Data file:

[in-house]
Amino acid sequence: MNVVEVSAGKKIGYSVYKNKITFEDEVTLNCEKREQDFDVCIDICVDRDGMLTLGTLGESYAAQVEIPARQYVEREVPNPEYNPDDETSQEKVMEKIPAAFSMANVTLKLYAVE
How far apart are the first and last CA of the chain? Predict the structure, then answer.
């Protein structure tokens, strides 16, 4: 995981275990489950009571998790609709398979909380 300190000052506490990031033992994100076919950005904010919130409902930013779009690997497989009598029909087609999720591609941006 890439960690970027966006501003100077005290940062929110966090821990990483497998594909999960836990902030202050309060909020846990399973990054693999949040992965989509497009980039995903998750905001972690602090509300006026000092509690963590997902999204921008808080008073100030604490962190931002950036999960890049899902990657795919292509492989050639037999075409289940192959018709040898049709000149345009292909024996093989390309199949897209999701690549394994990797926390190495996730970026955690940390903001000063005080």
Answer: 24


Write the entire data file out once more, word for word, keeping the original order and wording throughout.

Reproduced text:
[in-house]
Amino acid sequence: MNVVEVSAGKKIGYSVYKNKITFEDEVTLNCEKREQDFDVCIDICVDRDGMLTLGTLGESYAAQVEIPARQYVEREVPNPEYNPDDETSQEKVMEKIPAAFSMANVTLKLYAVE
How far apart are the first and last CA of the chain? Predict the structure, then answer.
């Protein structure tokens, strides 16, 4: 995981275990489950009571998790609709398979909380 300190000052506490990031033992994100076919950005904010919130409902930013779009690997497989009598029909087609999720591609941006 890439960690970027966006501003100077005290940062929110966090821990990483497998594909999960836990902030202050309060909020846990399973990054693999949040992965989509497009980039995903998750905001972690602090509300006026000092509690963590997902999204921008808080008073100030604490962190931002950036999960890049899902990657795919292509492989050639037999075409289940192959018709040898049709000149345009292909024996093989390309199949897209999701690549394994990797926390190495996730970026955690940390903001000063005080």
Answer: 24